Such a team may consist of people from the top management team and various functional departments. Selection of team members should be based on their potential contributions to TQM implementation.

The primary responsibility of the team is to evaluate the firm’s current TQM practices as well as its overall business performance, formulate improvement possibilities, prioritize the improvement possibilities, transfer these possibilities into the improvement plan, and finally steer or supervise the implementation of the improvement plan.

It should be noted that the multidisciplinary TQM implementation team must be set up and chaired by the general manager of the firm, who should also fully support the team in conducting its implementation work.

No matter what type of team is formed, the benefits of teamwork are many, including synergy and increased skills, knowledge, productivity, flexibility, and commitment.

Among the other benefits are increased job satisfaction, employee empowerment, and improved quality and organizational effectiveness.

The team is a key concept in the TQM strategy. The concept of team and teamwork has become important in the last two decades. Some other uses of TQM teams are:

  • Teamwork enables various parts of the organization to work together to meet customer needs that can seldom be fulfilled by employees limited to one specialty.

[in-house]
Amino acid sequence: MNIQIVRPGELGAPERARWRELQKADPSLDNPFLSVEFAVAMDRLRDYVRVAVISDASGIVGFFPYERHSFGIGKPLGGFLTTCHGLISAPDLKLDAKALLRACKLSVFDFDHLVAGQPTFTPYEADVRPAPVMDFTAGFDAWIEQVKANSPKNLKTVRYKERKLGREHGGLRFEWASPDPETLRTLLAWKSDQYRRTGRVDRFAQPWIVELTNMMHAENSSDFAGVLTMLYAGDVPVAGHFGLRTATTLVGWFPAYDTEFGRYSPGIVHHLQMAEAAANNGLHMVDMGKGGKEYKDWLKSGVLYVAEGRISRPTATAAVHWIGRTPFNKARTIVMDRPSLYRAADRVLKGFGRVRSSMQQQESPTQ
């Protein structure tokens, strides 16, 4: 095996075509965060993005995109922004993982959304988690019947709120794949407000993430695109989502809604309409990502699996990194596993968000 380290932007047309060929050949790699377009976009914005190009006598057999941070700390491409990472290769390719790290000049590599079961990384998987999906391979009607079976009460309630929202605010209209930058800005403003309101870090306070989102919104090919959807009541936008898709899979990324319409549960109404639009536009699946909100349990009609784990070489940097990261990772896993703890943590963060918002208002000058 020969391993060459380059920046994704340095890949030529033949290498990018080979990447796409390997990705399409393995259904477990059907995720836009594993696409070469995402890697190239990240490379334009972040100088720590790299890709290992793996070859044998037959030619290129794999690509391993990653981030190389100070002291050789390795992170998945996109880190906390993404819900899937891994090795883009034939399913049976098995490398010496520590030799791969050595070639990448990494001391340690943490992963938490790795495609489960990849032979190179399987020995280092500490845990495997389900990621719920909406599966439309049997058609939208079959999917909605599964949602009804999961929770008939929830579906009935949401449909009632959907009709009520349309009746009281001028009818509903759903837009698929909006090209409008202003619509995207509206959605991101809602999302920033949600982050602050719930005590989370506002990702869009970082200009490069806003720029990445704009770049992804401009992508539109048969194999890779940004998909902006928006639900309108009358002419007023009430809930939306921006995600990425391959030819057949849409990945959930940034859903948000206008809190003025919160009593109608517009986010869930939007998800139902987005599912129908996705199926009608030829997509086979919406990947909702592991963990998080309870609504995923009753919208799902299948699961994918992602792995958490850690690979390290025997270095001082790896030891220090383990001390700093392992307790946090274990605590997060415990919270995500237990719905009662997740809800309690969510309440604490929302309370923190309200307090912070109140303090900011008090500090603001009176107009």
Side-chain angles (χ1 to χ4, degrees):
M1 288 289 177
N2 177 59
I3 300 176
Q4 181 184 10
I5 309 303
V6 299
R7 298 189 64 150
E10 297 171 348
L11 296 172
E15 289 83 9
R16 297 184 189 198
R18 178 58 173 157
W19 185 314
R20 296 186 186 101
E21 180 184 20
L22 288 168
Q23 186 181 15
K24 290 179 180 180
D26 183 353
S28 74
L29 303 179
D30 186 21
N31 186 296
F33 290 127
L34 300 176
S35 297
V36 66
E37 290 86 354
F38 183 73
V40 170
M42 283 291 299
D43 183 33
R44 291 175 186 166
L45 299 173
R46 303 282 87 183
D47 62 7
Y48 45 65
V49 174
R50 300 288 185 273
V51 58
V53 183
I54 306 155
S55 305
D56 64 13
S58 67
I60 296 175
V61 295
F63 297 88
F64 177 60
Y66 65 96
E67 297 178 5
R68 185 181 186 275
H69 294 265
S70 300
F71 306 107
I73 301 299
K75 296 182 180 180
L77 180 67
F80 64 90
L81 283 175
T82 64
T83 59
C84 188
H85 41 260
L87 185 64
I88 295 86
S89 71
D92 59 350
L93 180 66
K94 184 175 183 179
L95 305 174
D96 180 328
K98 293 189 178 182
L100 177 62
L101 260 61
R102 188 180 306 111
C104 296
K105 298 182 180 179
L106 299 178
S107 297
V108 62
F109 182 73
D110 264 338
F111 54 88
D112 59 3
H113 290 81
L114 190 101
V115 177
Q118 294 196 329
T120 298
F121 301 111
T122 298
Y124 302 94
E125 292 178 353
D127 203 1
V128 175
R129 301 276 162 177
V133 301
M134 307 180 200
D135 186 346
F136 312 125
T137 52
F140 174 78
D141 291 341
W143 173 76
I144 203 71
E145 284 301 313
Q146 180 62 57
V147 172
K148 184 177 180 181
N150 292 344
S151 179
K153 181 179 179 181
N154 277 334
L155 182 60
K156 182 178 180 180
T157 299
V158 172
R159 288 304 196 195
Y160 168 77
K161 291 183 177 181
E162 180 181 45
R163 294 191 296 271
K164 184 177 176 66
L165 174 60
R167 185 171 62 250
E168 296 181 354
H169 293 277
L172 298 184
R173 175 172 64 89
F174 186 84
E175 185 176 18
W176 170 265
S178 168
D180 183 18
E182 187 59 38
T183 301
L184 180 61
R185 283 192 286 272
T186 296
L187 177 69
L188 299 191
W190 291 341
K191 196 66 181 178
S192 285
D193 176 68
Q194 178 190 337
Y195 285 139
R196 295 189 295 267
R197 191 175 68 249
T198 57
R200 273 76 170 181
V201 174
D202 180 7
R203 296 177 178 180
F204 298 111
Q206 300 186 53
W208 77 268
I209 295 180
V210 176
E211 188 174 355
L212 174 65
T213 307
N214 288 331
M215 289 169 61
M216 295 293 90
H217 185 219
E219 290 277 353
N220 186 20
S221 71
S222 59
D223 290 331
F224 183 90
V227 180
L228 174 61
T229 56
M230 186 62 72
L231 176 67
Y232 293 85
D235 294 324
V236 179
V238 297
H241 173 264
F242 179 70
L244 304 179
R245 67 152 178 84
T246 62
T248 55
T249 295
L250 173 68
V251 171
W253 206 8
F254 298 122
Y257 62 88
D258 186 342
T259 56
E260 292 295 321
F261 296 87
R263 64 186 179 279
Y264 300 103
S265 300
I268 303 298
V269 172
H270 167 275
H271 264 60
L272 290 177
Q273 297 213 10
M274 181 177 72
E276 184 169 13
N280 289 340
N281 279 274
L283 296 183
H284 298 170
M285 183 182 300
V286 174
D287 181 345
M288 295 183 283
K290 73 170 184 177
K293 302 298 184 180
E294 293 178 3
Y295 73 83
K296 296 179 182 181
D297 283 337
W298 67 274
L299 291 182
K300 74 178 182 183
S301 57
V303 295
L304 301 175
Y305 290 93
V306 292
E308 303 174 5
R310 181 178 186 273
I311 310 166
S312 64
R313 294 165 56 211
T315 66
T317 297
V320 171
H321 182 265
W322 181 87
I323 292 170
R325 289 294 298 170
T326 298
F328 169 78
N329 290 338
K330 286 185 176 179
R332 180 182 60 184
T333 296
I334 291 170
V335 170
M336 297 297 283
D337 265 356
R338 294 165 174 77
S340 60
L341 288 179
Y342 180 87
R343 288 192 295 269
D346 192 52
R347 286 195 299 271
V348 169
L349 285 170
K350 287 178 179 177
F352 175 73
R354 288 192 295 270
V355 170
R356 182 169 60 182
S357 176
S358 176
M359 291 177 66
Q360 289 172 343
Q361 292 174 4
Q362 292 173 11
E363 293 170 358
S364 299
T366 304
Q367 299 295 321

• TQM recognizes the interdependence of various parts of the organization and uses teams as a way to coordinate work.
  • Teams provide the capacity for rapid response to changes in customer demands.

Effectiveness of TQM Teamwork

Effectiveness is a combination of team performance in terms of output and the team’s ability to grow and generate itself. The research on team effectiveness is clear. Inside the team, there are conditions, skills, and processes that must be present for a team to be “high-performing.”

An effective team eliminates the need for a manager to be involved in daily details as members take control of doing what needs to be done. An effective team also provides more timely and appropriate customer service.

Shared understanding, facilitative functioning, decision-making, and goal-setting are crucial pieces of the puzzle of team effectiveness.

Schwarz specifies three criteria necessary for effective groups:

  1. First, an effective group produces output that meets or exceeds the standards of the group’s stakeholders.
  2. Second, the processes used to carry out the work allow members to work together effectively on current projects and on subsequent efforts.
  3. Finally, the group experience must satisfy the needs of its members.

Tannebaum and his colleagues cite the following contextual prerequisites for team success:

  1. There must be a rational basis for using a team.
  2. Management must express that they support the team.
  3. The team must have the necessary resources to complete the task.
  4. The team’s needs must be diagnosed properly.

According to Hackman, there are three useful measures for team effectiveness. The measuring standards are:

  1. Dynamic output that meets or exceeds standards;
  2. Social processes that maintain or enhance the capability of members to work together on team tasks and
  3. Collective experience that satisfies the personal needs of group members.